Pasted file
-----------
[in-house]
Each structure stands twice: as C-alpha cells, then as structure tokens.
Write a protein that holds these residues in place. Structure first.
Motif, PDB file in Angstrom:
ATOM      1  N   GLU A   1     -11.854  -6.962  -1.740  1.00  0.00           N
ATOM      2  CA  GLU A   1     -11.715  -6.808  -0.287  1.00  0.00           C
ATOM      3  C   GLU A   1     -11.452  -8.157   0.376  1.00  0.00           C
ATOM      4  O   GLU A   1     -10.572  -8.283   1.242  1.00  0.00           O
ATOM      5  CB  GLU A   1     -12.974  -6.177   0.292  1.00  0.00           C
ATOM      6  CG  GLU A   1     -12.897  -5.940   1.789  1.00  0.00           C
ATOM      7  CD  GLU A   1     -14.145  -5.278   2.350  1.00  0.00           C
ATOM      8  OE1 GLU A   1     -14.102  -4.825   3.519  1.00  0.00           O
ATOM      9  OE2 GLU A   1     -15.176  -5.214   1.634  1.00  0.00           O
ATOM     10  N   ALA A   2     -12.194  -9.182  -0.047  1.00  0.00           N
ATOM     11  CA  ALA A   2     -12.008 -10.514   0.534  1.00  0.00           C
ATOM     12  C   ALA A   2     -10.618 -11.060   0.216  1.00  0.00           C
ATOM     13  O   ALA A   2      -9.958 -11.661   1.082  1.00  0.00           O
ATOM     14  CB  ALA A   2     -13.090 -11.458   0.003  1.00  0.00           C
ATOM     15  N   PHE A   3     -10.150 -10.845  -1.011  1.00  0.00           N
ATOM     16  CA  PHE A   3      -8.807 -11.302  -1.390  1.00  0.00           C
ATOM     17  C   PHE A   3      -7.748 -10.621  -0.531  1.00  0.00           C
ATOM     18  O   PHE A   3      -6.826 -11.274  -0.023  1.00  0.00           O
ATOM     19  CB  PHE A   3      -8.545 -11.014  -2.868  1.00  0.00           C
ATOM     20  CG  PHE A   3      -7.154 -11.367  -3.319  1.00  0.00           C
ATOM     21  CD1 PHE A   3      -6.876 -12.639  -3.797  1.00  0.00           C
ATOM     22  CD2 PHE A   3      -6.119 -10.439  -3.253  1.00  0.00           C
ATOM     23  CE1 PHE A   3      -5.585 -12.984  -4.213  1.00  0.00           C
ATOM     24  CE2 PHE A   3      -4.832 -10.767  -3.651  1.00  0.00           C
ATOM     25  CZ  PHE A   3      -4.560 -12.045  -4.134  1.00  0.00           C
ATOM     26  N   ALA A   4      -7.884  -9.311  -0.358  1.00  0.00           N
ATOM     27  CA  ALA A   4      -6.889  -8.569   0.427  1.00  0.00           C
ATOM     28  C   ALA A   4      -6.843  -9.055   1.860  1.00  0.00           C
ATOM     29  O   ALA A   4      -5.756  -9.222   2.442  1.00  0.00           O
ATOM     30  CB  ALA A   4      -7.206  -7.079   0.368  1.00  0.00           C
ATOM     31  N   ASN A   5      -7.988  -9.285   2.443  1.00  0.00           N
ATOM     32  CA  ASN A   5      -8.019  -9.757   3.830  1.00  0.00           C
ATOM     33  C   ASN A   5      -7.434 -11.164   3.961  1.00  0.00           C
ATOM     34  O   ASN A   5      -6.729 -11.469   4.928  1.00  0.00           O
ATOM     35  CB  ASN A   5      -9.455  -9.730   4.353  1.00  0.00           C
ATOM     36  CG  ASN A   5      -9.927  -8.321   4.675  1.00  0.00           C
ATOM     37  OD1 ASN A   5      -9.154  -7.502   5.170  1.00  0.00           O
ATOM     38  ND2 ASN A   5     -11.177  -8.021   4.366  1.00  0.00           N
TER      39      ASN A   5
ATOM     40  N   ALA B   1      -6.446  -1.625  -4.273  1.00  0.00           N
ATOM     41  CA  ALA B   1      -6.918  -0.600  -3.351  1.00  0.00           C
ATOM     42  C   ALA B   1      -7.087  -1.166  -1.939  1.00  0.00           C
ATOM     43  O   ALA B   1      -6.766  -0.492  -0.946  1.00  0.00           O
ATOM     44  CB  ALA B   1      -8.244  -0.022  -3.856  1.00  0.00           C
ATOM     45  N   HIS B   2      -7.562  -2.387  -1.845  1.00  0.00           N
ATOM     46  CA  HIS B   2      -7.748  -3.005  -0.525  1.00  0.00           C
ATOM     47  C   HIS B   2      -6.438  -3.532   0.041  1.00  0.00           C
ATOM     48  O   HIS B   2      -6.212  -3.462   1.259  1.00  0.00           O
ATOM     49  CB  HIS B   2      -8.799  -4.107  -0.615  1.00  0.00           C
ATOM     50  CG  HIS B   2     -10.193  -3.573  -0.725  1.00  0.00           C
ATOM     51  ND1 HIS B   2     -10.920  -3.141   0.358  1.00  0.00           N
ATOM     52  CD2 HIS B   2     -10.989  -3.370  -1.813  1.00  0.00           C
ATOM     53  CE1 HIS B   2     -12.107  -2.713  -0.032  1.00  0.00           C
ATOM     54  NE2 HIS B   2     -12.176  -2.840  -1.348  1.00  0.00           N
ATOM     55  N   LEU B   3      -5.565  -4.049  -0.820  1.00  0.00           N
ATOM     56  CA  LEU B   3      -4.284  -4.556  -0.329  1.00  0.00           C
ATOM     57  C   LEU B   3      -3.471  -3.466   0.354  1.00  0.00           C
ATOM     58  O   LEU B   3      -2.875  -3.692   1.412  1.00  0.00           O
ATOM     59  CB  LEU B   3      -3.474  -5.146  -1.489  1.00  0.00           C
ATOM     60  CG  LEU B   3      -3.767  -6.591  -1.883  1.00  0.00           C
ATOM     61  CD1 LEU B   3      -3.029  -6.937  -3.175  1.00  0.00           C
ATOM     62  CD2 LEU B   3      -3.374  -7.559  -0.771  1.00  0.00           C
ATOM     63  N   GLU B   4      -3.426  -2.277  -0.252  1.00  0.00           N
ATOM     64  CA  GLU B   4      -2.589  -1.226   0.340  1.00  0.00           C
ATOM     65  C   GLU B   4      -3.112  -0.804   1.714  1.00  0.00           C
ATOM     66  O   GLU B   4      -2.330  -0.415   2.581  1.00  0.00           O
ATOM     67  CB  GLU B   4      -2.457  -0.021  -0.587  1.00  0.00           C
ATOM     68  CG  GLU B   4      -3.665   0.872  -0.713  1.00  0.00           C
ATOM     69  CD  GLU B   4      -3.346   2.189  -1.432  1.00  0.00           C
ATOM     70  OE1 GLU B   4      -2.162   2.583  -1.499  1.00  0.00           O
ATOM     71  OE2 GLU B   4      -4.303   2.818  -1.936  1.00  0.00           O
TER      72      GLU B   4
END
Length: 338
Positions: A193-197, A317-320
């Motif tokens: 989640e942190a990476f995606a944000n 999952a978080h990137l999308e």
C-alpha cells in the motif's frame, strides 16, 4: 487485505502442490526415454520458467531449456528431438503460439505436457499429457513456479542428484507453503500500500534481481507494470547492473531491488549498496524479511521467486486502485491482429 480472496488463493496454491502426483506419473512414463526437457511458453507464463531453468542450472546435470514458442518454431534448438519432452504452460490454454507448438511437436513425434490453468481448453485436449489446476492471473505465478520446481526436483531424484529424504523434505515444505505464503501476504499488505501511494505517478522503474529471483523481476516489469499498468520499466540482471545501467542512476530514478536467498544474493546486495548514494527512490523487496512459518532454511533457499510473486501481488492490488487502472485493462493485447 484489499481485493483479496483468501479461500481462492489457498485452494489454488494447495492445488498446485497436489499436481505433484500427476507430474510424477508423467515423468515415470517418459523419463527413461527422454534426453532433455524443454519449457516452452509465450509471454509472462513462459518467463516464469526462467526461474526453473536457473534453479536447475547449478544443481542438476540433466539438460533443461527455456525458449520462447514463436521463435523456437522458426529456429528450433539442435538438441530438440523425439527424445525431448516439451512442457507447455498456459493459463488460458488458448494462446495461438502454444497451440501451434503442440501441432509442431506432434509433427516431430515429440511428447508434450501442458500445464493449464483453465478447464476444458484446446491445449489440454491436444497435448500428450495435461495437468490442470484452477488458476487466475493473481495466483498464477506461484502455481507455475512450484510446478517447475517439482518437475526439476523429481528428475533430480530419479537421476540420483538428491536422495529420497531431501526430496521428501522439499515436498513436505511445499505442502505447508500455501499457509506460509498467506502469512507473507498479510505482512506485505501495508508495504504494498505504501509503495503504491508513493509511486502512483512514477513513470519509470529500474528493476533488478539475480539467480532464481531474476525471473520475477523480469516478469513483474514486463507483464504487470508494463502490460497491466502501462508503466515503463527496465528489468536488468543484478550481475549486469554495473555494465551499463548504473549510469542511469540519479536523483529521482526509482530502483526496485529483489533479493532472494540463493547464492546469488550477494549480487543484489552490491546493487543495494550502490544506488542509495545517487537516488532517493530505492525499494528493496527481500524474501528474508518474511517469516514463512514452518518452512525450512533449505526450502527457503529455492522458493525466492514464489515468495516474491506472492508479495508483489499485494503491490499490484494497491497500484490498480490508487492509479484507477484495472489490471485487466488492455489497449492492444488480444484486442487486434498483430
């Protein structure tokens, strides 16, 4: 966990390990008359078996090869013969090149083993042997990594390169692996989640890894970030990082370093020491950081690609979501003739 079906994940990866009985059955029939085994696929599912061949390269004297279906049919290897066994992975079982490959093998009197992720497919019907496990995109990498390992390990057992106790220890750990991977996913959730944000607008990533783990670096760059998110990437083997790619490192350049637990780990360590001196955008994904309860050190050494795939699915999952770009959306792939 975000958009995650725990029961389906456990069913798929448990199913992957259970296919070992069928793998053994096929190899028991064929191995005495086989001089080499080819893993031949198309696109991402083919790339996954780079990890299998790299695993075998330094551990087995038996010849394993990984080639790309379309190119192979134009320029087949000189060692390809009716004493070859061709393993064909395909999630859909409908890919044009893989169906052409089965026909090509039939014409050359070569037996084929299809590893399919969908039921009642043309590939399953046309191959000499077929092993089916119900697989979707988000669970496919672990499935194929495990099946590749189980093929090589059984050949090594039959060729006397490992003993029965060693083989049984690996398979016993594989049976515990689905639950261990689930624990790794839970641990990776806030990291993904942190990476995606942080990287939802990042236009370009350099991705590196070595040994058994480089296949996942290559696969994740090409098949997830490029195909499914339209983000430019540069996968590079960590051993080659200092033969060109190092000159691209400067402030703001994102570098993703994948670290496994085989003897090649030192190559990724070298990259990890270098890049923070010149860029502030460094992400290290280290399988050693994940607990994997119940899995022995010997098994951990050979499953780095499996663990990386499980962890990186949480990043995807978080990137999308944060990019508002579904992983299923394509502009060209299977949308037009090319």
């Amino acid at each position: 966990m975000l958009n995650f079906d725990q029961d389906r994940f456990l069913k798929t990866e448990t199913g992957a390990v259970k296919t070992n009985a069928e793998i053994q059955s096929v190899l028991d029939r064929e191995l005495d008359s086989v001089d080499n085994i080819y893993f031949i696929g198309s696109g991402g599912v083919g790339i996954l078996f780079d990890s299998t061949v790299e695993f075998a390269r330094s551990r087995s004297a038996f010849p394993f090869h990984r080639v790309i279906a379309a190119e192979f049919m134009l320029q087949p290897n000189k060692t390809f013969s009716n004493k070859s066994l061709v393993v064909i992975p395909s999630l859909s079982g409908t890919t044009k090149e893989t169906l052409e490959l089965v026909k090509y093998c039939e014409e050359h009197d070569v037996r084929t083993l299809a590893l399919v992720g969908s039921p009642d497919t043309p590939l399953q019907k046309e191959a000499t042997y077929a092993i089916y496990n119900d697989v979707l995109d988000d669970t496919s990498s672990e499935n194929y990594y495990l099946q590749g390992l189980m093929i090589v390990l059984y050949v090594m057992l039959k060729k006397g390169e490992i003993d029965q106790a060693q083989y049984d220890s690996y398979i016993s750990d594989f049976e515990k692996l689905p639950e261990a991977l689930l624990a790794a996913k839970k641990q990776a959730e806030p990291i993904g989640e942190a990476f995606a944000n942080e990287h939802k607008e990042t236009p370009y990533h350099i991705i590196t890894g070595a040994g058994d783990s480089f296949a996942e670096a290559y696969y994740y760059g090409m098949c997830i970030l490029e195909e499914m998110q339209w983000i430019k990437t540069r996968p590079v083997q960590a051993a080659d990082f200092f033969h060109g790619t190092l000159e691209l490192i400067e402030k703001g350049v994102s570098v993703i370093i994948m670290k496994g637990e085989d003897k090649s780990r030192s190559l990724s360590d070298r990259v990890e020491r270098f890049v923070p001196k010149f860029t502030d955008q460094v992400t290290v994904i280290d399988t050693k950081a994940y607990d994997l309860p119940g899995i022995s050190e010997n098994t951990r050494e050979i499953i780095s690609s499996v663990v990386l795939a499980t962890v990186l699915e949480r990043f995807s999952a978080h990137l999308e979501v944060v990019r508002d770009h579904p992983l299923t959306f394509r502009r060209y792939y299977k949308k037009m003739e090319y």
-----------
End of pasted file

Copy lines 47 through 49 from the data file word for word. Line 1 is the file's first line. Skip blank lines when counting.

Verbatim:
ATOM     43  O   ALA B   1      -6.766  -0.492  -0.946  1.00  0.00           O
ATOM     44  CB  ALA B   1      -8.244  -0.022  -3.856  1.00  0.00           C
ATOM     45  N   HIS B   2      -7.562  -2.387  -1.845  1.00  0.00           N